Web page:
By Matt Smith, CNN
The meteor that exploded over the steppes of southwestern Russia sent a low-frequency rumble bouncing through the Earth, giving scientists new clues about the biggest cosmic intruder in a century.
The big boom over Chelyabinsk on February 15 also produced a wave of sound thousands of times lower than a piano's middle C - far below the range of human hearing, according to the international agency that watches for nuclear bomb tests. The Comprehensive Test Ban Treaty Organization said that sound wave showed up on sensors from Greenland to Antarctica, making it the largest ever detected by its network.
Scientists then used that wave to calculate the size of the small asteroid that plunged to Earth, said Margaret Campbell-Brown, an astronomer at Canada's University of Western Ontario.
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By Elizabeth Landau, CNN
Scientists have been able to pin down the most accurate estimate yet for how fast a supermassive black hole is spinning. The answer is "fast": near the speed of light.
The black hole in question is more than 2 million miles across, with a surface traveling near the speed of light. It is at the center of spiral galaxy NGC 1365 and is the equivalent of about 2 million solar masses. Don't worry, this black hole not an imminent danger to us, given that it's in a galaxy 60 million light years away.
OK, go ahead and get the "Where's my global warming?" jokes out of your system. With the U.S. Midwest trudging through its second blizzard in a week, we understand.
But while it may seem contradictory at first, scientists say bigger blizzards fit the pattern they expect to see from a changing climate.
The immediate meteorological cause of the back-to-back snowstorms is a colder-than-normal mass of air that's been hovering over the central United States, combined with an amped-up jet stream that's been dipping south from Canada. That makes conditions ripe for major snowstorms after a warmer-than-normal January for most of the Lower 48.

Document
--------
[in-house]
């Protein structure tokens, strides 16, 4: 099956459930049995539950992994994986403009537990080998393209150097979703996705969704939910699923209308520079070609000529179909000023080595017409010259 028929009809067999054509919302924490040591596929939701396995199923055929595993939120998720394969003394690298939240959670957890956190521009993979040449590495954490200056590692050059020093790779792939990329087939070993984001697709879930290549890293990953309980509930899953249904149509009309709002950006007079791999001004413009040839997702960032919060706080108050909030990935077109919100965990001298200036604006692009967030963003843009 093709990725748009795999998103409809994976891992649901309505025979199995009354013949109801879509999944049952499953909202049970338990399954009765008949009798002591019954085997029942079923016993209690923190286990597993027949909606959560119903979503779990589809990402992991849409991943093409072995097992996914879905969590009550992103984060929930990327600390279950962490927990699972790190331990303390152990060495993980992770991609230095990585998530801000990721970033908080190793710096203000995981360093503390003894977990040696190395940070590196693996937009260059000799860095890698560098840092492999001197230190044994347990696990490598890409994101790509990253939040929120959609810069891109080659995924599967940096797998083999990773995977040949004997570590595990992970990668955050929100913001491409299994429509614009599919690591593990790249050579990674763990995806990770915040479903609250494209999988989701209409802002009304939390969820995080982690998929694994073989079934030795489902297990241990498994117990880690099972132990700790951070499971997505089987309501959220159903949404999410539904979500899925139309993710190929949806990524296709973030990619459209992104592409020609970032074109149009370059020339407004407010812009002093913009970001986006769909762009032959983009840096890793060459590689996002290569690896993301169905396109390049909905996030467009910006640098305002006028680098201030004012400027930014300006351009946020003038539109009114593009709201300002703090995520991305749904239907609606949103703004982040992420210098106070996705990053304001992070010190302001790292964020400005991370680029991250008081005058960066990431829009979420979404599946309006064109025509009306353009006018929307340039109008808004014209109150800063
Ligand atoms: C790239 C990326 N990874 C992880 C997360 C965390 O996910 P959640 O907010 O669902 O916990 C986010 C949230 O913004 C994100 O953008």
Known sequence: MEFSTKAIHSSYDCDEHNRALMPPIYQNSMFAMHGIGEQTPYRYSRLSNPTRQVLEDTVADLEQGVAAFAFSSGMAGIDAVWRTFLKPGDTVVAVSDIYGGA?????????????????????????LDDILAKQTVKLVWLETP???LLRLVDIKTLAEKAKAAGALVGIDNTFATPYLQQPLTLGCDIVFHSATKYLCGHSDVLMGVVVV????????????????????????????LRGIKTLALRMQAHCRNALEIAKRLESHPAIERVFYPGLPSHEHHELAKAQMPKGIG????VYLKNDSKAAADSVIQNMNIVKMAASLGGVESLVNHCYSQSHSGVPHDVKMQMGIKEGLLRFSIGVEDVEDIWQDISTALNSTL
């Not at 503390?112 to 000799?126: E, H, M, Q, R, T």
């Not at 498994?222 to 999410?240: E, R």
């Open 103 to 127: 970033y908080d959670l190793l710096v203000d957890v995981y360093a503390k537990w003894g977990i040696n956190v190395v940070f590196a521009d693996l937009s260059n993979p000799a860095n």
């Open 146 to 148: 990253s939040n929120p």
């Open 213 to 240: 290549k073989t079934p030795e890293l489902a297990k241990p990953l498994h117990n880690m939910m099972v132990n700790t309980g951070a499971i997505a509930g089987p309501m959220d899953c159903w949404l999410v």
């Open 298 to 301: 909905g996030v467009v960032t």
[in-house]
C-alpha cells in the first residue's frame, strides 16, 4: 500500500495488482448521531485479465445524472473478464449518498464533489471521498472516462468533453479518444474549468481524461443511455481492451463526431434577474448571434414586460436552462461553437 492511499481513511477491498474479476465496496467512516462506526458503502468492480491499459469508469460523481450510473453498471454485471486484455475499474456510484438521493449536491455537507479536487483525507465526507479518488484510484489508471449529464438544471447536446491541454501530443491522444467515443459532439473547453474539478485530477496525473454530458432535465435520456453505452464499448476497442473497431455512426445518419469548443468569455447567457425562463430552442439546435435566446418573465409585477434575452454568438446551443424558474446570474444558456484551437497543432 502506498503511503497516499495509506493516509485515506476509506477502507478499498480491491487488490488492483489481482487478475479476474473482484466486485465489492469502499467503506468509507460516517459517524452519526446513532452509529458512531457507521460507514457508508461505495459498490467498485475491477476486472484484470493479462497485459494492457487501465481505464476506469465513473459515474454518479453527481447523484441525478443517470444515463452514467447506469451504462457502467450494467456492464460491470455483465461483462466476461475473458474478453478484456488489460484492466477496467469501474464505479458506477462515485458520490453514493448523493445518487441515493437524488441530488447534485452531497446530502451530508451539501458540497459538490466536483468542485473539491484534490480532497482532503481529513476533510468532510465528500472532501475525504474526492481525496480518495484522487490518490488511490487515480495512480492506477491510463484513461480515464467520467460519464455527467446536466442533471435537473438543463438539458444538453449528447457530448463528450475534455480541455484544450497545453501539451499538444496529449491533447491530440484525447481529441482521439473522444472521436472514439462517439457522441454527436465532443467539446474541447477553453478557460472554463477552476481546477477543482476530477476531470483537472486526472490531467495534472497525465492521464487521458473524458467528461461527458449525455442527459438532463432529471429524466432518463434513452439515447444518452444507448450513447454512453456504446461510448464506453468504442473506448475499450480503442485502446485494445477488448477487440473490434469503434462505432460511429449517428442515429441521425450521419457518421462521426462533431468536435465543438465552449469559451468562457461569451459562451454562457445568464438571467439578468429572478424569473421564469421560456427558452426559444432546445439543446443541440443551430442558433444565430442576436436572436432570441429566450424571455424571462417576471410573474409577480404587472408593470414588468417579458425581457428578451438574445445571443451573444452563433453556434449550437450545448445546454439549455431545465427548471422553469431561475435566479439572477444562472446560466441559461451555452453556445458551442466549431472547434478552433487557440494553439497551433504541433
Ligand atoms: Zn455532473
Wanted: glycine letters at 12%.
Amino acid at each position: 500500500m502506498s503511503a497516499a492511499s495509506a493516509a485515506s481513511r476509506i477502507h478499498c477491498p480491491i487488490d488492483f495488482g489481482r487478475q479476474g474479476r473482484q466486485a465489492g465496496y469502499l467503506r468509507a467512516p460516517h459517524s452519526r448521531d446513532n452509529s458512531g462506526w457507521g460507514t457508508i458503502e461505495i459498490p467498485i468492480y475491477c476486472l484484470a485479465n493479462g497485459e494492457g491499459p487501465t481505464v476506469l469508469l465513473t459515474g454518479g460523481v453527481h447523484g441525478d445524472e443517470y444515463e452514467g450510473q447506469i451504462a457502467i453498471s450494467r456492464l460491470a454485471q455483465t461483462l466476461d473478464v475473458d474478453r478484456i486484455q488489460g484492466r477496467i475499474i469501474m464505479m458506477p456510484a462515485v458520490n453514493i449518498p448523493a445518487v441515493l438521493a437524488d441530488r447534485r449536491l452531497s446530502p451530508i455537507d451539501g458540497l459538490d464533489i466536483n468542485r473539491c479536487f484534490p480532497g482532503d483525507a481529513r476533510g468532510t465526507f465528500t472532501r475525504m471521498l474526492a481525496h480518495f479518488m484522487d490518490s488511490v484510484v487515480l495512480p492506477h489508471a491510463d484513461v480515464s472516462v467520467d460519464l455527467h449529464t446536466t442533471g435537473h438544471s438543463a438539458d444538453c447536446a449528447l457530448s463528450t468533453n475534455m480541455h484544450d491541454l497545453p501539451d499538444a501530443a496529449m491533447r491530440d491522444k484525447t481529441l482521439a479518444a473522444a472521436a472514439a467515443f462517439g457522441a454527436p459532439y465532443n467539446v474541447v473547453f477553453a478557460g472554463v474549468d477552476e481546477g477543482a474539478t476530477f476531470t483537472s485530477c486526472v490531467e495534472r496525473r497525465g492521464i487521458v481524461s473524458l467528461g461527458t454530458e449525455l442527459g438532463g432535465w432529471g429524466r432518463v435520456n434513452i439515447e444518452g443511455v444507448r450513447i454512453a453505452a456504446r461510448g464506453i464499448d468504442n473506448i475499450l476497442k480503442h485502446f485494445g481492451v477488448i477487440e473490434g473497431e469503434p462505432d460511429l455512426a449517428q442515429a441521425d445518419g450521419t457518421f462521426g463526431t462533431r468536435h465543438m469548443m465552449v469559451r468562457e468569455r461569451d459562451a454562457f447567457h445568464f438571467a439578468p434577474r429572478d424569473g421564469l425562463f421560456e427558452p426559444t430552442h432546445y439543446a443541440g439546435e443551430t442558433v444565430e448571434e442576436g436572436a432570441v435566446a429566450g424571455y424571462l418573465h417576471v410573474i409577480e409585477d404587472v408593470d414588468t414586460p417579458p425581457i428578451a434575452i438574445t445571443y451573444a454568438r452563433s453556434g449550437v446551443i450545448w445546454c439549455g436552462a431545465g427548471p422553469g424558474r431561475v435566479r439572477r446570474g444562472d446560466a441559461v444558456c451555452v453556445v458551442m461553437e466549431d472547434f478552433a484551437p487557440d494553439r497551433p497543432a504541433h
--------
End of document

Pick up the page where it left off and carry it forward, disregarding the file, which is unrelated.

Follow @CNNLightYears on Twitter for more space and science updates.
By John Zarrella, CNN
If newly unveiled plans pan out, a man and a woman may represent humanity on one journey that has never been attempted before: a mission to Mars.
“It’s incredibly feasible. It’s not crazy talk," Taber MacCallum, CEO of Paragon Space Development Corp., told CNN.
MacCallum and millionaire Dennis Tito announced their plans Wednesday to send a couple of earthlings on a 501-day trip in a spacecraft that would fly by the red planet. The proposal was unveiled at the National Press Club in Washington.
By Sally Holland, CNN
The red roses of Valentine's Day have withered, and the yellow daffodils of spring have yet to bloom, so it's orchids that are having their time in the spotlight at the Smithsonian in Washington.
The orchids on display in an exhibit called Orchids of Latin America are strikingly vivid and manipulative.
"It is believed that at least a third of all orchids engage in some kind of deception," said Tom Mirenda, an orchid collections specialist at the Smithsonian Gardens.
Bill Nye "The Science Guy" weighs in on whether an asteroid will be a threat to Earth in the future. Check out the video above.
NASA hosted its first Google+ Hangout with astronauts on the International Space Station, allowing Earthly onlookers to ask questions by video.
Astronauts Kevin Ford, Chris Hadfield and Tom Marshburn answered questions, such as how they prepare for medical emergencies.
The answer is that they have on-board medical kits with everything from aspirin to an IV to a defibrillator. But if there were a real problem with one of the crew members, the Soyuz shuttle would act as an ambulance, they said.
The clip above shows the part of the video chat about dealing with medical problems. NASA also posted the full conversation, lasting more than an hour, on YouTube:
More from Light Years: Peter Gabriel hears his song from space
British singer Peter Gabriel got a brief serenade from a member of the International Space Station crew on Wednesday during a visit to Mission Control in Houston.
Canadian Chris Hadfield, Expedition 34's flight engineer, strummed a few chords of Gabriel's hit "In Your Eyes" during a nearly 12-minute chat with Gabriel and his family.
Hadfield told Gabriel that he recorded two songs in space. The first, co-written with his brother, is a "space Christmas carol" called "Jewel in the Night." The second, a space-to-Earth collaboration with Canadian band Barenaked Ladies, is called "I.S.S. (Is Somebody Singing)."
Click on the video above to hear Hadfield's performance.
By Nova Safo, CNN
Follow on Twitter: @nova_safo
The meteor that wreaked havoc in Russia last week, shattering windows around a 50-acre area and injuring 1,200 people, was not as big as the asteroids that Dr. Bong Wie of Iowa State University is worried about. He is researching how to stop one of the 400 asteroids scientists have discovered, which have some chance of crashing into Earth and potentially destroying a city.
Wie has gotten NASA’s attention with a plan that seems right out of the Hollywood blockbuster "Armageddon." He is working on a plan to bury a nuclear bomb into a potentially deadly asteroid and blow it up into tiny pieces.